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What Wordpress founder Matt Mullenweg said about domain names at NamesCon

Wordpress enforces its brand in domain names and doesn’t plan to use any new top level domain names.

Matt Mullenweg (right) speaking at NamesCon.
Matt Mullenweg (right) being interviewed by Braden Pollock (left) at NamesCon.
One of the nice surprises at NamesCon last week was a last-minute appearance by Matt Mullenweg. Mullenweg created Wordpress and is CEO of Automattic, which runs the hosted Wordpress.com platform.

Unfortunately, since it was last minute, I did not get to hear his entire Q&A with Braden Pollock. I did catch a couple of his comments about domain names, however.

When asked about the company’s feelings about people using “wordpress” in their domain names, Mullenweg said they do sometimes go after domain owners. (In fact, WordPress Foundation and Automattic filed a combined nine UDRP cases for “wordpress” domain names in 2013.)

Mullenweg said this is mostly to protect people from downloading malware. They want everyone to go directly to Wordpress.com/.org to sign up for the service or download the software, and they don’t want people to be confused by other sites that use Wordpress in their domain name to look like Wordpress.

On the topic of new TLDs, Mullenweg said this: we’ll register our name in all of them, but use none of them.

He said the company uses MarkMonitor for brand protection. Wordpress will protect itself with defensive registrations, but he doesn’t see the company actually using any of its domains in new TLDs. This gets back to his comment on brand enforcement: he wants everyone to know that Wordpress.com is its trusted domain, and using other domains would lead to confusion.

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  1. Acro

    Nothing surprising here. Brand protection is the basic reason for expanding beyond the currently used TLDs (.com/.org in the case of WordPress) but creating distinct user experiences is mostly geared towards companies that have tangible products and a variety of services. It was a very interesting late minute addition to the agenda. It was great meeting again at NamesCon, Andrew.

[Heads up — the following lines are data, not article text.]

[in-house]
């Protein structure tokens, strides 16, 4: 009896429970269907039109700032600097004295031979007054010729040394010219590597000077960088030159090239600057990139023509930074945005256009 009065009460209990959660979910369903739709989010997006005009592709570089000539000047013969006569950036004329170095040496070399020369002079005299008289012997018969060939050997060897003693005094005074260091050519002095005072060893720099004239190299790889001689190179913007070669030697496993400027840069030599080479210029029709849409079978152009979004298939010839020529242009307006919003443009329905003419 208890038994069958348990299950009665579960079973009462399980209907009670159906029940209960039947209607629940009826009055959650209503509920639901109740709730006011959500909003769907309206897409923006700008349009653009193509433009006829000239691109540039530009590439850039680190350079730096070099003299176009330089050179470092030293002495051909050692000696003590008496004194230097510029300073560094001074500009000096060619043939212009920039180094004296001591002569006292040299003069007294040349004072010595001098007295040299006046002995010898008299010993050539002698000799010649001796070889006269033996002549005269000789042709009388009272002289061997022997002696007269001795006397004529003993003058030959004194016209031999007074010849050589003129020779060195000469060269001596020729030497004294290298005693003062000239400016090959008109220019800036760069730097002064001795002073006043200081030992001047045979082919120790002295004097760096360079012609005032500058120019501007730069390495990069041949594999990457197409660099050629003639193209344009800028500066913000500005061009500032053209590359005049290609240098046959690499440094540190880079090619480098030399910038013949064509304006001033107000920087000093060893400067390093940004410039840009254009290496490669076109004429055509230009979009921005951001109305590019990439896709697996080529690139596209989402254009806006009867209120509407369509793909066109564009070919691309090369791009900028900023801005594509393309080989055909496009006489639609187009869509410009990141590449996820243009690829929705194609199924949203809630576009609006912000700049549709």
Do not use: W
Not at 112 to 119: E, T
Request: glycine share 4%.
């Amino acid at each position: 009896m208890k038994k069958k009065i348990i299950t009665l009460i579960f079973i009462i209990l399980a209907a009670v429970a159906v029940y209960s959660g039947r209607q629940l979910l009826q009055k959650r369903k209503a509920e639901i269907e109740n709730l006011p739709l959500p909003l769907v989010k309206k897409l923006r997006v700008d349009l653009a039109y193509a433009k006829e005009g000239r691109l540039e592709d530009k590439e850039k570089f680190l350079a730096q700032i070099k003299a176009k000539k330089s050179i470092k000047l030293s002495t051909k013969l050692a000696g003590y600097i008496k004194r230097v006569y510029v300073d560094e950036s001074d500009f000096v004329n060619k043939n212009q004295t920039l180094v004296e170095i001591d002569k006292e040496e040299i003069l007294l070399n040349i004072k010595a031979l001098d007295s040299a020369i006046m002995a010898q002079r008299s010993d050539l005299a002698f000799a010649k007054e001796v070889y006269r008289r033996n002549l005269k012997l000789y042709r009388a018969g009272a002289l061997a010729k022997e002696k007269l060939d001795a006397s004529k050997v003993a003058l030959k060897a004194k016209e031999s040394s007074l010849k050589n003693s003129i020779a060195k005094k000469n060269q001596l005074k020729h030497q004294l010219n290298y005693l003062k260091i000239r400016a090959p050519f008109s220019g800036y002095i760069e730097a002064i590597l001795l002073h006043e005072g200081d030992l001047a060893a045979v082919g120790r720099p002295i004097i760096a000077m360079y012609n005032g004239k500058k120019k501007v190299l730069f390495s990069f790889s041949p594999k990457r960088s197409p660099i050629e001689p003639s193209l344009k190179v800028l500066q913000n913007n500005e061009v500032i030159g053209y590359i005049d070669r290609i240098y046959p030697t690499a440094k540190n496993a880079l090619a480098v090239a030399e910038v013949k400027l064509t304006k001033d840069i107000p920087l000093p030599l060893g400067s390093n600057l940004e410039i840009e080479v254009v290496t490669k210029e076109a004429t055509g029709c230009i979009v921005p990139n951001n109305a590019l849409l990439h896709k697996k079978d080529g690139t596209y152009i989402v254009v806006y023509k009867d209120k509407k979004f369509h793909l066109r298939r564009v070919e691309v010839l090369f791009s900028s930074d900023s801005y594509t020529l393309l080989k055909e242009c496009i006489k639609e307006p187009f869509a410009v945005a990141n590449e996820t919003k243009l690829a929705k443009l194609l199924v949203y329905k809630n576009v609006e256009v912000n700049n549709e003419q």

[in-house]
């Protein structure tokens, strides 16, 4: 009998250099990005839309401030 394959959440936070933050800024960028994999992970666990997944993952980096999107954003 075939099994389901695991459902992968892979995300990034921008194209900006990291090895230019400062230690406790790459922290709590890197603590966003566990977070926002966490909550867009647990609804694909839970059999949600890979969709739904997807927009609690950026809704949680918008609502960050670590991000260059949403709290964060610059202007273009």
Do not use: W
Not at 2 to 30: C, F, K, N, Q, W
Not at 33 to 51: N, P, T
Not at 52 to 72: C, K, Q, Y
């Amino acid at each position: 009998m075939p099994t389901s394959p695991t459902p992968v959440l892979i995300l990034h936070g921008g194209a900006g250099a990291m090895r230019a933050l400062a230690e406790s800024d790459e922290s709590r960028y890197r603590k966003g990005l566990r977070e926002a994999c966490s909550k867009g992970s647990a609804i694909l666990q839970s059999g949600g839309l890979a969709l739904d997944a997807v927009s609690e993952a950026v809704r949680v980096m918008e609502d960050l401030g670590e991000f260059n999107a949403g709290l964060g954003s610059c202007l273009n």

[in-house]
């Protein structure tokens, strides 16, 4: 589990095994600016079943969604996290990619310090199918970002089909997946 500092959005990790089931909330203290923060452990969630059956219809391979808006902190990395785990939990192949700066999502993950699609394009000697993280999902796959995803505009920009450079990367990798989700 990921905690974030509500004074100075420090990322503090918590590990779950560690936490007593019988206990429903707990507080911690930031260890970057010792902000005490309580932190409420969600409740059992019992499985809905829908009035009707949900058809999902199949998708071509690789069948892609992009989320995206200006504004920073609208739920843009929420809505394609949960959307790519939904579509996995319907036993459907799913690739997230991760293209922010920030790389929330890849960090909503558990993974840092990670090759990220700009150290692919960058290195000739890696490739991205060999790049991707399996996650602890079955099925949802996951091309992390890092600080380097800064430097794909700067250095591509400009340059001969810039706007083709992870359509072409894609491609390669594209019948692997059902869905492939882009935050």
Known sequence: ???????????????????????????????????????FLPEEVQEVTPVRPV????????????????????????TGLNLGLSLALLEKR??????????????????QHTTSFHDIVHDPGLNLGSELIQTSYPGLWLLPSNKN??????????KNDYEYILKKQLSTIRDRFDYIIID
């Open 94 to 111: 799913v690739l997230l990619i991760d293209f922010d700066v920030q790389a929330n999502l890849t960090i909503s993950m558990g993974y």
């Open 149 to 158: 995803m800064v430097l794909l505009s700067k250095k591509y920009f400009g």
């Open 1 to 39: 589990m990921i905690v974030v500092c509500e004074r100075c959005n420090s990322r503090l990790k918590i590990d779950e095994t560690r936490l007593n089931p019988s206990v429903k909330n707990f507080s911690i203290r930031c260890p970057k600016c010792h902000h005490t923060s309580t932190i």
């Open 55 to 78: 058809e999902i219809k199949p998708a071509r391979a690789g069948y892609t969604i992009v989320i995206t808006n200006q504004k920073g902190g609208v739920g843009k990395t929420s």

2. Braden Pollock

    I enjoyed interviewing Matt. He’s extraordinarily down to earth and humble for founding a billion dollar company. The fact that 21% of all sites are built on his platform is mind blowing.

  3. Waaaay Too High!

    Hi Andrew,

    I concur with Matt that practically all companies will continue to use their .com and completely ignore the new tlds — especially after they see GoDaddy’s just published pricing schedule. Some huge companies, such as WordPress, may buy some or all as defensive plays, but that is not what these new registries are hoping for and will certainly not allow them to meet the growth projections they all need to survive.

    Check out these incredible prices yourself.

    If I weren’t already convinced of the pending gtld failure, this new annual price list would certainly solidify it!

    Go to https://www.godaddy.com/bulk-domain-search.aspx and then scroll way down.

    • Andrew Allemann

      These prices are the pre-registration prices, although I imagine they are close to what the standard rates will be.

      I think most domains will cost $25+/year, effectively making .com domains a discounted domain.

      .Luxury’s wholesale price to registrars will be $400. Now that’s a luxury!

  4. Joey

    Holy .CRAP! Those prices are absurd and most are listed as the renewal prices too!

    .CONSTRUCTION? Twelve characters to the right of the dot? Geez, I have entire URL’s that are much shorter than that! How’s that gonna work if I were to use it as an email address? Why would I want to pay a premium to tack on unnecessary additional characters knowing full well that if any single one of them gets mis-typed, the email will not reach me and, if the sender accidentally types .com, it will accidentally go to a competitor.